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Assess the Experience

You need to assess the undergraduate research experience at several stages and in several ways to fully understand the nature and extent of student learning and to reflect on and refine the way your use this pedagogy. If your students are participating in a work-in-progress, you'll want to determine the quality of and progress on the project to date so you can explore the best ways to extend and improve it. From short-step assignments to research proposals and papers and informal written reflection pieces, there are a number of ways to assess the overall undergraduate research experience as well as individual parts of it.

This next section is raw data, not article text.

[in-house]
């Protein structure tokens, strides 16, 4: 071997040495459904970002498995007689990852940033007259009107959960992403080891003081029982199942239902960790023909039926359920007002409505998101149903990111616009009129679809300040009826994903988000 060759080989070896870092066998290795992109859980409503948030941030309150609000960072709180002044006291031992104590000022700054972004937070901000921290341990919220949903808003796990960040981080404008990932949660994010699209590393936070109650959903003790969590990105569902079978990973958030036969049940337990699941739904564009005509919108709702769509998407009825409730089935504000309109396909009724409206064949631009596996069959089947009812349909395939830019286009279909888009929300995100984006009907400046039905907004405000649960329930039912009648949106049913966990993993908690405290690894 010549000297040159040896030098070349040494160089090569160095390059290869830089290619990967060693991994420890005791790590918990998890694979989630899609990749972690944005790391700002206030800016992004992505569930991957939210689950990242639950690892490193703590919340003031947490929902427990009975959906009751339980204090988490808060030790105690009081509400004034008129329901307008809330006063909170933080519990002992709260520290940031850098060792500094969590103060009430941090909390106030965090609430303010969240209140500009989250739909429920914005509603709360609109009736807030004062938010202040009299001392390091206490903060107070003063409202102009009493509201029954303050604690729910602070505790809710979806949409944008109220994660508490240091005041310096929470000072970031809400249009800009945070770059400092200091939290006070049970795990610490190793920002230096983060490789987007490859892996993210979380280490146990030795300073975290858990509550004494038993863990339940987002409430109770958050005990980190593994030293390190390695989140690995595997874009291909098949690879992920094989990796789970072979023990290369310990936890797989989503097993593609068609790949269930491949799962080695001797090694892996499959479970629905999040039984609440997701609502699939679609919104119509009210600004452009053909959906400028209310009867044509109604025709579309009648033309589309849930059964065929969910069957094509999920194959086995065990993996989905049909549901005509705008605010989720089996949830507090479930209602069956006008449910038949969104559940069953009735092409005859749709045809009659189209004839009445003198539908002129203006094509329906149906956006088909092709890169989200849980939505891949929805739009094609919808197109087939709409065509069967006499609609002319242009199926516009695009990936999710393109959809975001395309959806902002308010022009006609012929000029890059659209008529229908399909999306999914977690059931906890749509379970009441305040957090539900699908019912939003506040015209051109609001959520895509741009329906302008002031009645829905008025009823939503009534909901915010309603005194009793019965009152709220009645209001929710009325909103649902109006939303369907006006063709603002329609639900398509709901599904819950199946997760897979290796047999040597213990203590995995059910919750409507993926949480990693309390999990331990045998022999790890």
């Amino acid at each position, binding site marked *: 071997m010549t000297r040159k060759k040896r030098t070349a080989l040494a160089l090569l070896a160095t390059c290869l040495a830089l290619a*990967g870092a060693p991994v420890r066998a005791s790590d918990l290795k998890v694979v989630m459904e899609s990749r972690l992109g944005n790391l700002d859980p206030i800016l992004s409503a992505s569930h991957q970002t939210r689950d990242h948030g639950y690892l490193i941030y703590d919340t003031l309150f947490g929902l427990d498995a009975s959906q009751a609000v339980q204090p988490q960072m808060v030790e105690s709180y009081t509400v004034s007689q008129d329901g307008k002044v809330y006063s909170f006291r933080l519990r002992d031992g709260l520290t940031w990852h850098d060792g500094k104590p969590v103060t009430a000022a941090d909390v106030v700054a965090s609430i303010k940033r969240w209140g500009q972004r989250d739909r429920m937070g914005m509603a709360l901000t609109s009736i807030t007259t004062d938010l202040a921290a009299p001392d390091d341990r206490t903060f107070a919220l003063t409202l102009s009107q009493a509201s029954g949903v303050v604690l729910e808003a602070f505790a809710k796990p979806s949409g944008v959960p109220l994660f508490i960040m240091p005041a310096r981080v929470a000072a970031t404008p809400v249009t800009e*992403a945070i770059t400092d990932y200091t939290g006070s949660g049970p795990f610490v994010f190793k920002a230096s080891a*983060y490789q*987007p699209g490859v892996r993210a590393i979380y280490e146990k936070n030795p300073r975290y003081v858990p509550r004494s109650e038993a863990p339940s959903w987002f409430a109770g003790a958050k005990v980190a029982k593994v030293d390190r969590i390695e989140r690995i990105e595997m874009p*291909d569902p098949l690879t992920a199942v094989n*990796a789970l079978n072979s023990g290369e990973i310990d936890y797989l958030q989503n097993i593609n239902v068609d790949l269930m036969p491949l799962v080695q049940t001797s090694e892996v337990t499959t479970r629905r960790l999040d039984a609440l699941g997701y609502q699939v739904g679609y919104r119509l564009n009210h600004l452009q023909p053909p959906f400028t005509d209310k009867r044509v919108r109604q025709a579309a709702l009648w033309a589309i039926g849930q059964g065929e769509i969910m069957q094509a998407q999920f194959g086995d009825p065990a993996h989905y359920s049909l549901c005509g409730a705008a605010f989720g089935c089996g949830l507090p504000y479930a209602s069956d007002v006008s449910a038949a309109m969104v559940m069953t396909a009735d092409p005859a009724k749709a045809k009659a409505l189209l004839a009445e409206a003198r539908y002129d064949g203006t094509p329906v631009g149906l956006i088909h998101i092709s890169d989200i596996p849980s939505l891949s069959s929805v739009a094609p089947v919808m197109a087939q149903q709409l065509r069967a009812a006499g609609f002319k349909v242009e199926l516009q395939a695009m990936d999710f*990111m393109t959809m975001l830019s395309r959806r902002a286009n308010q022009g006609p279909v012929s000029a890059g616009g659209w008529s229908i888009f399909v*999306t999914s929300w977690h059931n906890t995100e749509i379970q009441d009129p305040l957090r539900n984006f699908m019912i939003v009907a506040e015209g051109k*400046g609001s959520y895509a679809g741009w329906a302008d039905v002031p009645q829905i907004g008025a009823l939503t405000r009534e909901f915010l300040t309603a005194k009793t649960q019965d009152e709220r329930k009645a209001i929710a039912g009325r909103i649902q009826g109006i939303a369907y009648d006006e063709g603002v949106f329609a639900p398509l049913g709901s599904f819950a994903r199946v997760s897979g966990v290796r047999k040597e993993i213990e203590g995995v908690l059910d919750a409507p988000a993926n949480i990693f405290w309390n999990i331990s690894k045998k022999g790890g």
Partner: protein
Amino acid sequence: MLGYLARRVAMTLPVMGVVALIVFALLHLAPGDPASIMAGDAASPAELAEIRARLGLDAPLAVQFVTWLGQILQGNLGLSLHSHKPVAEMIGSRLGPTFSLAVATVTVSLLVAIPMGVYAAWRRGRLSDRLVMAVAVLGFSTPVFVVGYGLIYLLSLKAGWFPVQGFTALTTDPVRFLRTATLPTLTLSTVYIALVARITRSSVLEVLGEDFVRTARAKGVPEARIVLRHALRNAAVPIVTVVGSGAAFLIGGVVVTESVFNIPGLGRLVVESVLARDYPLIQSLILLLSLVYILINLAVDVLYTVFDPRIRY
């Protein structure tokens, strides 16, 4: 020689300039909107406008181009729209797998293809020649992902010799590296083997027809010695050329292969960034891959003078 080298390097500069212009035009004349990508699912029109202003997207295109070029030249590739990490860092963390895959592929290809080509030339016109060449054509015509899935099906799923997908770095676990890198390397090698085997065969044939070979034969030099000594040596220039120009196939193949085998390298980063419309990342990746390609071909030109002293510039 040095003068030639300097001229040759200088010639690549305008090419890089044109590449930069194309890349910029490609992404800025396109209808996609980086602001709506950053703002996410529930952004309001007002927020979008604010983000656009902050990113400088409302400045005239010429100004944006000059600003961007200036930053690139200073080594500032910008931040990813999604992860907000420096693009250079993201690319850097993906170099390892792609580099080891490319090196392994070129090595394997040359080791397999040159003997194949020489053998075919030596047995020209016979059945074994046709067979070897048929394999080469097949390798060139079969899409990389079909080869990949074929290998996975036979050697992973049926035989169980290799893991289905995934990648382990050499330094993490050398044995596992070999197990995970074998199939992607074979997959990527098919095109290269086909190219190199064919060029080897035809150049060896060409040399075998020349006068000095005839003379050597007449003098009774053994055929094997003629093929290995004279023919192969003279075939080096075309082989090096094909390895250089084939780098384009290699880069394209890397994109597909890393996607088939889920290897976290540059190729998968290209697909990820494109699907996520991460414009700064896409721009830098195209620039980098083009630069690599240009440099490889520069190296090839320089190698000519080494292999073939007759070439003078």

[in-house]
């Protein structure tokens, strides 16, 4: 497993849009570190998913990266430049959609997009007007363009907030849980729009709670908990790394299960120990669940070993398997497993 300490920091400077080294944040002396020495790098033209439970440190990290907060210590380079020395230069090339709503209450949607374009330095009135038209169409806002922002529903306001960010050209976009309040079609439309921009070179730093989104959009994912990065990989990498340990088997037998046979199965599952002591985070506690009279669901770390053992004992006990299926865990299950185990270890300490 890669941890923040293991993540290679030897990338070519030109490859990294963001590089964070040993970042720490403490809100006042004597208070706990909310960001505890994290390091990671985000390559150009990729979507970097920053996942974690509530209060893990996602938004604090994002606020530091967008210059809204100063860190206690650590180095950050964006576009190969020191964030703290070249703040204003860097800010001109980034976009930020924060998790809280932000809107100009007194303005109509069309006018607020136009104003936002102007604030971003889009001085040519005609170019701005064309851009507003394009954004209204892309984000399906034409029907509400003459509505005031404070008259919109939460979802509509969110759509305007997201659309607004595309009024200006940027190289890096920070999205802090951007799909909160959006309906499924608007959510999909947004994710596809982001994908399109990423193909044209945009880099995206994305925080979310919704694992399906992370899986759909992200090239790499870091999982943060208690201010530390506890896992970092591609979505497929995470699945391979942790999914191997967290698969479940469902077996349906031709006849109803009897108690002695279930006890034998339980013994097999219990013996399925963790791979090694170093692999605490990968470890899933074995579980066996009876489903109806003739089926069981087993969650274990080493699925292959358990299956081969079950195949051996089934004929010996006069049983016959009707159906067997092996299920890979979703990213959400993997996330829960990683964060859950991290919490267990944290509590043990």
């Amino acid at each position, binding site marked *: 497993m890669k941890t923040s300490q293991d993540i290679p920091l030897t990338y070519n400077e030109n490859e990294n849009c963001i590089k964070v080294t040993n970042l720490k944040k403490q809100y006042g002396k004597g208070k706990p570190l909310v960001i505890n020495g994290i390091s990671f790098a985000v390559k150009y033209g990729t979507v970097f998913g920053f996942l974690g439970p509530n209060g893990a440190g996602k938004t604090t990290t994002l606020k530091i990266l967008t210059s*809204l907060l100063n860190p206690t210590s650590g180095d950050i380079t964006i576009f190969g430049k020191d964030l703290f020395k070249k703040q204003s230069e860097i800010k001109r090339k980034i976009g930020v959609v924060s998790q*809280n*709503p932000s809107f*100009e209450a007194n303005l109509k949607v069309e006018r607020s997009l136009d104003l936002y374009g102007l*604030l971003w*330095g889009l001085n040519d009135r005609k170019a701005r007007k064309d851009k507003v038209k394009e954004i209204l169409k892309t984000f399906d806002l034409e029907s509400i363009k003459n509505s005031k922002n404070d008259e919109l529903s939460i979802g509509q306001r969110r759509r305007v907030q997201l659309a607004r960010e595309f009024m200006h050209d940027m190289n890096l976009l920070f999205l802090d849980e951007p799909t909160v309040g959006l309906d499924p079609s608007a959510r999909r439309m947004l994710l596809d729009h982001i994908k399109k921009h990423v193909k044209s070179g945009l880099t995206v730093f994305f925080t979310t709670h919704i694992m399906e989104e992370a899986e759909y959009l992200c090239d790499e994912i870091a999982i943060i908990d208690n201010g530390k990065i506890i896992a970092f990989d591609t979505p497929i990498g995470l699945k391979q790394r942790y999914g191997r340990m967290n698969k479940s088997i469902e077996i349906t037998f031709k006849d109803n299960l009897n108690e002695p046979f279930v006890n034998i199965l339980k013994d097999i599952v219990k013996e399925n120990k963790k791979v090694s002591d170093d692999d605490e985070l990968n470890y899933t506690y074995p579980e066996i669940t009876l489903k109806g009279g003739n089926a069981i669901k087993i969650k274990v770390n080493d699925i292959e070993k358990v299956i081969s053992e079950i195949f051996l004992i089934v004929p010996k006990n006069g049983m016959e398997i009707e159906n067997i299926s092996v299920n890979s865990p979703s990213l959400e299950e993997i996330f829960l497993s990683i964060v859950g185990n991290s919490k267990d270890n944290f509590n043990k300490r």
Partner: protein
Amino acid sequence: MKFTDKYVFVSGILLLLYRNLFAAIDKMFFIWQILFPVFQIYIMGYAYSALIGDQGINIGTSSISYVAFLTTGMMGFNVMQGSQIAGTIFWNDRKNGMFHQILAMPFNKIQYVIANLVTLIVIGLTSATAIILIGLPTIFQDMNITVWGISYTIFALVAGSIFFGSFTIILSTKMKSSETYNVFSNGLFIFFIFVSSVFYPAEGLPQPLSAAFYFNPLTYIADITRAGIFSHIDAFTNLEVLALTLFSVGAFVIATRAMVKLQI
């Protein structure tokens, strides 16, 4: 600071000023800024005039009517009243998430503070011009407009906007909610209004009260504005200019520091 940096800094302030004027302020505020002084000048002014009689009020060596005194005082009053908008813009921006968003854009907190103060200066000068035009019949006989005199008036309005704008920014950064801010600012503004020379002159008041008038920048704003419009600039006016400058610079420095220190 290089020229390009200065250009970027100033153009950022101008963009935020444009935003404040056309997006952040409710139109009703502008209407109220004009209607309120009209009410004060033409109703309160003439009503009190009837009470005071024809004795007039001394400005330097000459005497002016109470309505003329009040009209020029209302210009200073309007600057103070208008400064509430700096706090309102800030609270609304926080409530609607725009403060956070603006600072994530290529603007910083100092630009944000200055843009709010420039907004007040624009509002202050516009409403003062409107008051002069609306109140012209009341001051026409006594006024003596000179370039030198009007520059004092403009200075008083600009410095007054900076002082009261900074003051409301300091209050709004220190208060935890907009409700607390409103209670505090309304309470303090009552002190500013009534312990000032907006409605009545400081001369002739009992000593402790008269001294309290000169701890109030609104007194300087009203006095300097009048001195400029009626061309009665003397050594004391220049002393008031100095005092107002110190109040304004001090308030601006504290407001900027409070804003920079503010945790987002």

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Further the Experience

There are many ways for both you and your students to further your involvement in undergraduate research. Perhaps you both wish to disseminate or extend your work. Professionals present and publish their research, and so can students-even beyond their own campuses! There are numerous resources for students and faculty who wish to publish or present research. Also, for undergraduate research experiences that are parts of a work-in-progress, one can think about ways to advance the project by dealing with its next stages in other learning environments. For instance, a student who started an undergraduate research project in a service-learning course could finish it in an honors or independent study experience in a subsequent semester. There are a number of organizations, opportunities, and programs available to support and inform faculty and students engaged in undergraduate research.